One of the first things we hear upon entering graduate school is that publishing our academic work is of the utmost importance. We are pushed to aim higher, and higher in this context means publishing a higher volume of publications in higher impact journals. Under this “publish or perish” structure, our success is made contingent upon sharing our research with the academic world as quickly and as frequently as possible. This structure poses unique challenges for qualitative researchers, given the time, energy, and vulnerability necessary for this kind of work, all of which can feel antithetical to the rigorous publishing demands of graduate school. We write this post to shed light on the various complications we have encountered in navigating publish or perish as early career researchers whose work is primarily qualitative.
In the work that we do, we believe in locating ourselves in relation to our research, teaching, and writing. We are both young, White, heterosexual, cis-gender women who benefit from able-bodied privilege. We name this not to discredit our experiences, but rather to identify that though we have experienced some challenges, we have not been subjected to the micro- and macro-aggressions faced by many minoritized scholars also negotiating this challenging and constraining system.
The use of qualitative inquiry stretches back throughout the history of science and spans disciplines. In psychology—the field in which we both primarily work—qualitative inquiry seems a natural fit, allowing us to explore the nuanced and situated experiences of those experiencing a phenomenon of interest. Qualitative data is often, though not always, produced in interaction, and its analysis requires us to understand and think critically about who we are as people within the context of the work we do. This process, reflexivity, allows us to move beyond the assumption of researcher as a purely objective curator of knowledge and insight and affords us the opportunity to consider our research questions in relation to ourselves, to the world around us, and to theory. Quality qualitative research requires deep researcher engagement with topics that can range enormously and “data” that are sometimes profoundly personally meaningful. Engaging deeply with people and their stories has been perhaps the most rewarding aspect of qualitative research for us. Yet, this process, along with the various other time-consuming steps required of good qualitative research, prolongs the completion of qualitative research projects, potentially limiting the number of studies we are able to publish in a short period of time.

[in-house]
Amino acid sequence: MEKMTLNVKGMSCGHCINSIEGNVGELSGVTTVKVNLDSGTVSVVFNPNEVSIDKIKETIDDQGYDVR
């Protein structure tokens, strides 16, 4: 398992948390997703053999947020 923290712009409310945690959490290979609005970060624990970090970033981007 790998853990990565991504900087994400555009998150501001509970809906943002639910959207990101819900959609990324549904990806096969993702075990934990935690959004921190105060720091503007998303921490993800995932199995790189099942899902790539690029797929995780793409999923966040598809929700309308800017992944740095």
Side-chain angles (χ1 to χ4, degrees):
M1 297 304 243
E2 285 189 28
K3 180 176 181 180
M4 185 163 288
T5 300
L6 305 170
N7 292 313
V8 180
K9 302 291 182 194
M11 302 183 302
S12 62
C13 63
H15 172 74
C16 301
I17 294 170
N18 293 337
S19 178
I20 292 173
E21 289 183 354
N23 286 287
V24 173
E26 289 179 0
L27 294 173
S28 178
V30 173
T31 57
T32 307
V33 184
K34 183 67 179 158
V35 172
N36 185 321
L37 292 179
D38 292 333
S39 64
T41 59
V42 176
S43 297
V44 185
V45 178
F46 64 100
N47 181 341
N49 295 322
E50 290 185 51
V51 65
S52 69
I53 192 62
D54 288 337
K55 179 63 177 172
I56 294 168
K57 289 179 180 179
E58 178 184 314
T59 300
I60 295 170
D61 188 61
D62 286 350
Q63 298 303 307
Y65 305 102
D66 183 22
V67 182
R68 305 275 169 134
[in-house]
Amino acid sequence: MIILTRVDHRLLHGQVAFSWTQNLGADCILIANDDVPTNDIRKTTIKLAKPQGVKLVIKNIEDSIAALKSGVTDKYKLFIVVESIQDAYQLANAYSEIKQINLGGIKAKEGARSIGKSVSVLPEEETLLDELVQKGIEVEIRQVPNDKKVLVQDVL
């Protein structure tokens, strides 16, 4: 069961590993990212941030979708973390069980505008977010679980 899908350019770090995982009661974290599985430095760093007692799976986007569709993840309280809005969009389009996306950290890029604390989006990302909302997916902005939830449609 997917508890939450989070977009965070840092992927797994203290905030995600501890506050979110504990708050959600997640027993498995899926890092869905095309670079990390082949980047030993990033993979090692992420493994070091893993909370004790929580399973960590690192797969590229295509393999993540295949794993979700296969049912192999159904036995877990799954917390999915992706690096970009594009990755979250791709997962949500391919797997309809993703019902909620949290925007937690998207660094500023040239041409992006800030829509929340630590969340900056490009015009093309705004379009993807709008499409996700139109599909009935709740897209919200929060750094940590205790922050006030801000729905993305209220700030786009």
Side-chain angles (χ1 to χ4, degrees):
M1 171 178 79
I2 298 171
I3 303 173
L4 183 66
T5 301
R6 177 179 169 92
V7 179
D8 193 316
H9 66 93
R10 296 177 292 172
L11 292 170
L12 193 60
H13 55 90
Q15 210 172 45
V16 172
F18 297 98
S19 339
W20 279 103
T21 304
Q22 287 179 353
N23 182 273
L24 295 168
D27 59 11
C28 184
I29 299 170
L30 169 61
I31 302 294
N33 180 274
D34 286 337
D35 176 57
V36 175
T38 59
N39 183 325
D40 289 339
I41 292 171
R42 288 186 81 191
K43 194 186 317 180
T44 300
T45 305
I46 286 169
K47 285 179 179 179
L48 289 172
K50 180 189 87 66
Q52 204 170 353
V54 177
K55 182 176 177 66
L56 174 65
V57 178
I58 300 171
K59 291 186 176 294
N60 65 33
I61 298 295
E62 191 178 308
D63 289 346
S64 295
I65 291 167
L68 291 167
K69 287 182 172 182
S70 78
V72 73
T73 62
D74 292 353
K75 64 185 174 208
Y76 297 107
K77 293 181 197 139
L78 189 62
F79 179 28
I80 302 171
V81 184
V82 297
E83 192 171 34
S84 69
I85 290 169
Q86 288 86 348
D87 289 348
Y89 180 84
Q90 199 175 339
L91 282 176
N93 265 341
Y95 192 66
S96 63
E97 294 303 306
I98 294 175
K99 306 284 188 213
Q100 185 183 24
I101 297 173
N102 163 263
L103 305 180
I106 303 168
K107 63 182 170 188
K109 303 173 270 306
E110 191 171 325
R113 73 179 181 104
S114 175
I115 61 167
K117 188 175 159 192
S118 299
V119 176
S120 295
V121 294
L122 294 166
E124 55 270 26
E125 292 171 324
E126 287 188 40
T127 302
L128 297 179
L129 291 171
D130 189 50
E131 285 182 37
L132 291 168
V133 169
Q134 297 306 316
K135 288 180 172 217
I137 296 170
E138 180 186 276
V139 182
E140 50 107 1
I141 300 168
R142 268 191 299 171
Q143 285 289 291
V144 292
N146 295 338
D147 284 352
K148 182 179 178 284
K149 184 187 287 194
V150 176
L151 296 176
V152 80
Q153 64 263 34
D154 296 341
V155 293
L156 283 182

That this slow, emotionally-laborious work is often regarded as less scientifically “valuable” and can be more challenging to publish than other methods of research further complicates experiences of conducting qualitative research in graduate school. There are fewer outlets for publishing qualitative research studies, and the high-impact factor journals in which we are encouraged to publish generally will not consider (and certainly do not prioritize) this kind of work. While qualitative research can actively disrupt the doing of normative research practice, this can feel particularly risky as early career researchers, as intentional decisions that go against the norm might be misinterpreted as clumsy mistakes or sloppy oversights. Challenging convention may further stymie our publishing potential, and under publish or perish, anything that threatens our potential to publish our work is self-sabotage.